Streaming TV Scale Depends on Content Signal Transparency

The lack of content signal transparency in streaming and connected TV (CTV) has become a major concern for media buyers. Buyers want more visibility into contextual information, such as what channel, genre, or show they’re buying, to make more informed media decisions. That information isn’t always available in streaming today.  

This level of transparency is already the norm in digital channels like web and mobile app, as well as traditional channels like linear TV. Buyers expect the same in streaming TV. However, it’s important to remember that even with the exponential growth in streaming, the market is still somewhat nascent. Industry standards and protocols are still being written and adopted. 

It will take time to reach a state of full transparency in streaming TV,  just as it did in web and app. The good news is that we already have the tools in place. Now it’s time to take the lessons learned from the journey in web and accelerate the path toward content signal transparency in streaming TV. And that’s going to require collaboration across the market. 

Improving content signal transparency benefits the entire industry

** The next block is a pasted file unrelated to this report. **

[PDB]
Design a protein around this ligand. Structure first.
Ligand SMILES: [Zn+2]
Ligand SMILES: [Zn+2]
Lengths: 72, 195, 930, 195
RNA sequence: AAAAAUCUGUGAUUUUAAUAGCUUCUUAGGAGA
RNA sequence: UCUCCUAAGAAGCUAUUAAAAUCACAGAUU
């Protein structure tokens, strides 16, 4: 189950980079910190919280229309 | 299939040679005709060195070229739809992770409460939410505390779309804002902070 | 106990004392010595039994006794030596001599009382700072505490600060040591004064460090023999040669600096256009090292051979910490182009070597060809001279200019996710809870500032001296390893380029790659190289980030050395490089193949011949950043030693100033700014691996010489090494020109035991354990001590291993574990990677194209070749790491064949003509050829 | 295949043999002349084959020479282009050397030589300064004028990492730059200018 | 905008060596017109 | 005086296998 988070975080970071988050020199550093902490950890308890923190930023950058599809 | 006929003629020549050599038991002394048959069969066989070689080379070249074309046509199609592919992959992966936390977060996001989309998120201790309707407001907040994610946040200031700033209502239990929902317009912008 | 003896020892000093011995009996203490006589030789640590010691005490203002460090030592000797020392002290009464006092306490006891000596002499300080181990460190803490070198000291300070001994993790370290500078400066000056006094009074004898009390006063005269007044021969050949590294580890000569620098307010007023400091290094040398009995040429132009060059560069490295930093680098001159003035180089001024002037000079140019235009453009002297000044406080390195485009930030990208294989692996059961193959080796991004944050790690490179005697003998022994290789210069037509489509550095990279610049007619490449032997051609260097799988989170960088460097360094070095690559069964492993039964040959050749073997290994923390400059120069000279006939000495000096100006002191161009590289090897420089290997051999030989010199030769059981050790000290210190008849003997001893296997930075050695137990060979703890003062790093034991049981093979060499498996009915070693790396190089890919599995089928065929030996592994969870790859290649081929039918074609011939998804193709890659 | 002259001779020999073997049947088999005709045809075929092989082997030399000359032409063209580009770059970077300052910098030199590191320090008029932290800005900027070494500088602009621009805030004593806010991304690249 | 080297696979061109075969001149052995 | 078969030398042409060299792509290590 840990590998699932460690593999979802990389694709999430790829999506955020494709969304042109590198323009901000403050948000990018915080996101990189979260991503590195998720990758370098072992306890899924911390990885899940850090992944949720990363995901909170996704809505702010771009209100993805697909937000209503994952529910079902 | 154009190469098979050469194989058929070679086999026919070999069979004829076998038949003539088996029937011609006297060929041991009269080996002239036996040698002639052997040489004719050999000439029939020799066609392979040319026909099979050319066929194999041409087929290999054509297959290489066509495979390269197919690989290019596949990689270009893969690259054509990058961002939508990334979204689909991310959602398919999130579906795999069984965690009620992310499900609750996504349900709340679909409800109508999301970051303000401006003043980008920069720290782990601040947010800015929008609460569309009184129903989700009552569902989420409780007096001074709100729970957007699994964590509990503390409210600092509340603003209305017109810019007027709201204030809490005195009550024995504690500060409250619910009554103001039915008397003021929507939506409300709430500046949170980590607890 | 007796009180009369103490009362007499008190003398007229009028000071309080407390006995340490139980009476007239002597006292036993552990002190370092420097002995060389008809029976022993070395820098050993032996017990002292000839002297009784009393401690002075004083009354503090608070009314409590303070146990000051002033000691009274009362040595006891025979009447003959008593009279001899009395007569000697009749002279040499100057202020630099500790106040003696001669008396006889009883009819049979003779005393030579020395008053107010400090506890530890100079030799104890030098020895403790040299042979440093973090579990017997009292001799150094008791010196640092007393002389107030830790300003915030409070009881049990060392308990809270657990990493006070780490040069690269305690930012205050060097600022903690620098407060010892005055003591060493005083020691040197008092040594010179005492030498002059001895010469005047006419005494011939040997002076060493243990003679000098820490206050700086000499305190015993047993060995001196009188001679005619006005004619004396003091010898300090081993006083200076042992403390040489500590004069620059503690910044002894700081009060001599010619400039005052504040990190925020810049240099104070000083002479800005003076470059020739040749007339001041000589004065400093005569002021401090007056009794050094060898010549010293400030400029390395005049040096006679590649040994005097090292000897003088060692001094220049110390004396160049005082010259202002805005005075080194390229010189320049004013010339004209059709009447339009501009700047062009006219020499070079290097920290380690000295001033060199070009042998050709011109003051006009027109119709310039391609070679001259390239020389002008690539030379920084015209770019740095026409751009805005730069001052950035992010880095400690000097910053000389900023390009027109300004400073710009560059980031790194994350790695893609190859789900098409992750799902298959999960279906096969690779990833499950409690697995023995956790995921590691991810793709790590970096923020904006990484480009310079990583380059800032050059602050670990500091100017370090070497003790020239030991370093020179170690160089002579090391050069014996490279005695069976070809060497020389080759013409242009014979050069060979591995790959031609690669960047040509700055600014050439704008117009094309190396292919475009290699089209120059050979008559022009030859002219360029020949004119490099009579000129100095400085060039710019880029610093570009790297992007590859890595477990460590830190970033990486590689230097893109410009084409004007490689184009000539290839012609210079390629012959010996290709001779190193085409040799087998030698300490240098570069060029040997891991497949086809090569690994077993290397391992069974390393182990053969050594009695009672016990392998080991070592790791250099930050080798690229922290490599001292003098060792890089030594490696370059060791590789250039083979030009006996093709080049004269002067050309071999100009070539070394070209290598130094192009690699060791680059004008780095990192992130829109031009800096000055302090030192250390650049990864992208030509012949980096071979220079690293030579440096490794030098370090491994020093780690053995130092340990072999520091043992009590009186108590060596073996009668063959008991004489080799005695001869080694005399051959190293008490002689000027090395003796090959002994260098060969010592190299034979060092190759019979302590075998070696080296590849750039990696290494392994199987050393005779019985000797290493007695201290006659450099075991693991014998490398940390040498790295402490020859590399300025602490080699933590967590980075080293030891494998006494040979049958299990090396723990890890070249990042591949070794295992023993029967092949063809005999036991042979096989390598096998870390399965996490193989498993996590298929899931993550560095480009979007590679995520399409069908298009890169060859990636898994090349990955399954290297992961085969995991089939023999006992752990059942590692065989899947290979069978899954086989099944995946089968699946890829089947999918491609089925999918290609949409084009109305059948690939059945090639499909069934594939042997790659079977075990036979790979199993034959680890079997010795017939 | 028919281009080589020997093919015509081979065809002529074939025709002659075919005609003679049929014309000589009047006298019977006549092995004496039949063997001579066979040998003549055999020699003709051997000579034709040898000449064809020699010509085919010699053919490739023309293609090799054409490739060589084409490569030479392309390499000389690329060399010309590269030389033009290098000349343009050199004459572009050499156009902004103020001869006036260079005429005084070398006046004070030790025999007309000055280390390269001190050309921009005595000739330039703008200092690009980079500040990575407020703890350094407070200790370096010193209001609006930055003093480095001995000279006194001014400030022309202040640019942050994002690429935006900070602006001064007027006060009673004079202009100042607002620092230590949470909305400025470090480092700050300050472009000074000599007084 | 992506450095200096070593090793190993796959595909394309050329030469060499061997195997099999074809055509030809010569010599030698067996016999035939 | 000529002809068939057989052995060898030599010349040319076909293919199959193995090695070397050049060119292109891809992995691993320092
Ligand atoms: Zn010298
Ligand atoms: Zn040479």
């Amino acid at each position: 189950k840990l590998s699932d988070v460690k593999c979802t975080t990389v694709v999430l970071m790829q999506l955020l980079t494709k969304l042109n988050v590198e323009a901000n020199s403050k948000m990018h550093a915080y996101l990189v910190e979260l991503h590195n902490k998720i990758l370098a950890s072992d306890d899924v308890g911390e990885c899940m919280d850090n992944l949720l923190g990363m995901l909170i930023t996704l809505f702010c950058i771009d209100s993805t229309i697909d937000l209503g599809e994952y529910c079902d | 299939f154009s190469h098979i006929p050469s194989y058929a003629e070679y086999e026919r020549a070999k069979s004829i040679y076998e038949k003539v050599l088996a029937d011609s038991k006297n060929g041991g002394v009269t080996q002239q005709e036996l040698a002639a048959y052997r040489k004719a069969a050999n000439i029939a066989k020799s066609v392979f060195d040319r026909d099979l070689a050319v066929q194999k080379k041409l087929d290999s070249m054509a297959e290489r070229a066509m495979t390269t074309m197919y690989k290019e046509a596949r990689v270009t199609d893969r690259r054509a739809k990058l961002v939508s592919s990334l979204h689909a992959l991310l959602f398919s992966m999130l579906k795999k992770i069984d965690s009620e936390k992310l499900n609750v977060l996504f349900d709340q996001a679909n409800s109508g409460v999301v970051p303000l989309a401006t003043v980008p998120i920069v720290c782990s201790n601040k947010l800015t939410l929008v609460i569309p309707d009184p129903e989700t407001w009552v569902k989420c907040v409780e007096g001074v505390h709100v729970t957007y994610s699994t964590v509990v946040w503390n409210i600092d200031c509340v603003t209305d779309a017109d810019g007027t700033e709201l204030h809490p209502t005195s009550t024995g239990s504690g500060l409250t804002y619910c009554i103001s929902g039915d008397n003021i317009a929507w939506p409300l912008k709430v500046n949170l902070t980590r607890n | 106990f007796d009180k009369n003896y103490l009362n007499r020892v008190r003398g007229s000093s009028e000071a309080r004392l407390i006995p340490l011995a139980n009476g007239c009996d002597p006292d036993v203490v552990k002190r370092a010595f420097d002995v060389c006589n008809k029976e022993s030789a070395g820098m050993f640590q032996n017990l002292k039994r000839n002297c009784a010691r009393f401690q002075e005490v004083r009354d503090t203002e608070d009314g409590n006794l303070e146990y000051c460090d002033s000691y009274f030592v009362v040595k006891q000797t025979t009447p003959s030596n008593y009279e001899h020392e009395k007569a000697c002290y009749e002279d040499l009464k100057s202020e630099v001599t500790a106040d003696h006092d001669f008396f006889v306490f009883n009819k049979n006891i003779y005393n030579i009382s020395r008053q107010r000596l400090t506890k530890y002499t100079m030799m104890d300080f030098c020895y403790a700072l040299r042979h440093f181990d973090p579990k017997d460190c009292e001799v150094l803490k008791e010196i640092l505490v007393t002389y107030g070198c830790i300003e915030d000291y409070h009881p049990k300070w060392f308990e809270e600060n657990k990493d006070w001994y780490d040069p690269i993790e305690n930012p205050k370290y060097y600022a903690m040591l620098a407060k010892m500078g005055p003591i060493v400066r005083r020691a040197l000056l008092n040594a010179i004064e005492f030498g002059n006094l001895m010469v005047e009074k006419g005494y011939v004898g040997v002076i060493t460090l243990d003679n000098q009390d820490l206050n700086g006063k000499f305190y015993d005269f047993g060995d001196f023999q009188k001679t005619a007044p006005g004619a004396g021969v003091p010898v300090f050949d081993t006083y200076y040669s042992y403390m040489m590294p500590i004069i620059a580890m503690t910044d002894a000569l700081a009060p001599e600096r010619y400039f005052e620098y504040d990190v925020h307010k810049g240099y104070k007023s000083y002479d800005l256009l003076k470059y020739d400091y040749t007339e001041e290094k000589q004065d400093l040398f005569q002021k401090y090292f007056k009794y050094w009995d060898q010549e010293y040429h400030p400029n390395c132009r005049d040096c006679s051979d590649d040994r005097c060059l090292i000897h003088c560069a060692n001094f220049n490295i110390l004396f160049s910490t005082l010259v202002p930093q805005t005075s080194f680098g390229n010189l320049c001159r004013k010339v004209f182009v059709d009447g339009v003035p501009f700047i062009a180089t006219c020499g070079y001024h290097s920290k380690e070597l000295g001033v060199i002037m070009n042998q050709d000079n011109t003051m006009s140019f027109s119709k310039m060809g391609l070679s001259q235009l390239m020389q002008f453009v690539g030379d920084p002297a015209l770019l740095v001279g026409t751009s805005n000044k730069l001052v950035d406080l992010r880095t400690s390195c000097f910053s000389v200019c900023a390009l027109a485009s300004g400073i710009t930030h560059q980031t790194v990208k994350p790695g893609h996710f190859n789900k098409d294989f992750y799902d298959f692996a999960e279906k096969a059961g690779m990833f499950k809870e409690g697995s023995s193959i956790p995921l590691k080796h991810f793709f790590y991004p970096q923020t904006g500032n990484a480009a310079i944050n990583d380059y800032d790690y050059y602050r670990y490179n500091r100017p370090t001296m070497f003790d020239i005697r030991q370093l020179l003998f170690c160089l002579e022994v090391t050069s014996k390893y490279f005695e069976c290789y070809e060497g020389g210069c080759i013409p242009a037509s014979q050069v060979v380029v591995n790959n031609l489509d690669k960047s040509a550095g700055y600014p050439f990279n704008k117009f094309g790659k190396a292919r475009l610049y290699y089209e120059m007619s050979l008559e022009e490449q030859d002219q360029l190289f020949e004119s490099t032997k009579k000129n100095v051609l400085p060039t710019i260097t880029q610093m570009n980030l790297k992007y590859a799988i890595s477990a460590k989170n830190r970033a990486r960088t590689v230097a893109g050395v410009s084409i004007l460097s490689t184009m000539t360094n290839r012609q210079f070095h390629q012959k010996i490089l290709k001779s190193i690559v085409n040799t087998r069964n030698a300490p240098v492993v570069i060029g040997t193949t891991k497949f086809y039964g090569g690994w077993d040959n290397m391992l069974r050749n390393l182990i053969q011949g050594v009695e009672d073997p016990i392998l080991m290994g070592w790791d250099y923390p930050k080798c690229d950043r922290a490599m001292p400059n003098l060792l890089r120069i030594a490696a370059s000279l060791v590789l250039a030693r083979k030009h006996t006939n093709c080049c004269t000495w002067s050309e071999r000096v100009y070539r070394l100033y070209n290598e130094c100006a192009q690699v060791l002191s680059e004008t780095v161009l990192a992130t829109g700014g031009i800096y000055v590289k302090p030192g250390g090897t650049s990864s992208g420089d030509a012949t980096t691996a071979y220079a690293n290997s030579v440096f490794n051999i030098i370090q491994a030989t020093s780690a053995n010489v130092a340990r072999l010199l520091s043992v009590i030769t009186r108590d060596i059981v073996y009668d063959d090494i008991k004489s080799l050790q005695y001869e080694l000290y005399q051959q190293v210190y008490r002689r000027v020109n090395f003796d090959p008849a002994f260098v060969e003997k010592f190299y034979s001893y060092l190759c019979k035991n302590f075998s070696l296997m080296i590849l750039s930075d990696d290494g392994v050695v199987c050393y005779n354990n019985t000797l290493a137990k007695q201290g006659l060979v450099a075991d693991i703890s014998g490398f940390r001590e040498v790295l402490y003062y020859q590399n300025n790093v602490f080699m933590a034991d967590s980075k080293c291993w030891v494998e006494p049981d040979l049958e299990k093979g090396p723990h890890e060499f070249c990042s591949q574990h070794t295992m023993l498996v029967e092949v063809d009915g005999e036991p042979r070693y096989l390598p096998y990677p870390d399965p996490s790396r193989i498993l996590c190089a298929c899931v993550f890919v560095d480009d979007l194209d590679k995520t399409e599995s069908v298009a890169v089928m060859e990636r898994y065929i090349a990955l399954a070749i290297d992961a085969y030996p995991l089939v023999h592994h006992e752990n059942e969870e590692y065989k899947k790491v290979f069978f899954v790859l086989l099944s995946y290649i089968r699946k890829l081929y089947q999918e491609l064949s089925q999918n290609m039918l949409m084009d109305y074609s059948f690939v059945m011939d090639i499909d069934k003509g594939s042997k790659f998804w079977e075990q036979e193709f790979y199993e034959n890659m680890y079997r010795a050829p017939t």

There’s an incredible opportunity in streaming TV to improve transparency and make sure that marketers are better informed about what they’re buying. This will encourage increased investment in streaming TV and benefit all parties throughout the supply chain. Here’s how:  

  • Trust in the marketplace: Marketers want to know that they’re serving ads within the quality streaming TV content that they’re used to buying from an upfront or traditional standpoint. Content signals help media owners accurately portray their content so brands and agencies can understand the inventory they’re buying. 
  • Contextual targeting: Visibility into genre, TV rating, language, livestream, and show-level information provides media buyers with more control over contextually relevant placements. They can better inform targeting to ensure an engaging, brand suitable experience for their audience by serving ads within the right content, at the right time, and in the right language.
  • Maximized reach and controlled frequency: As improved transparency helps buyers understand the content their ads are running within, they can maximize extended reach, and buy only where they don’t already have upfront or other commitments. 
  • Yield optimization: Media owners also benefit, as sharing content signals allows buyers to better determine whether a given opportunity will help them reach their desired audience, in the desired context. Buyers will see better results and efficiency gains, and they’ll continue to choose to invest with partners who provide transparency. 

Reaching full transparency is a journey

Of course, increasing transparency in streaming TV comes with its own set of technical and commercial challenges. While buyers are eager for CTV publishers and platforms to share more contextual information, they must also recognize that there are many steps on that journey.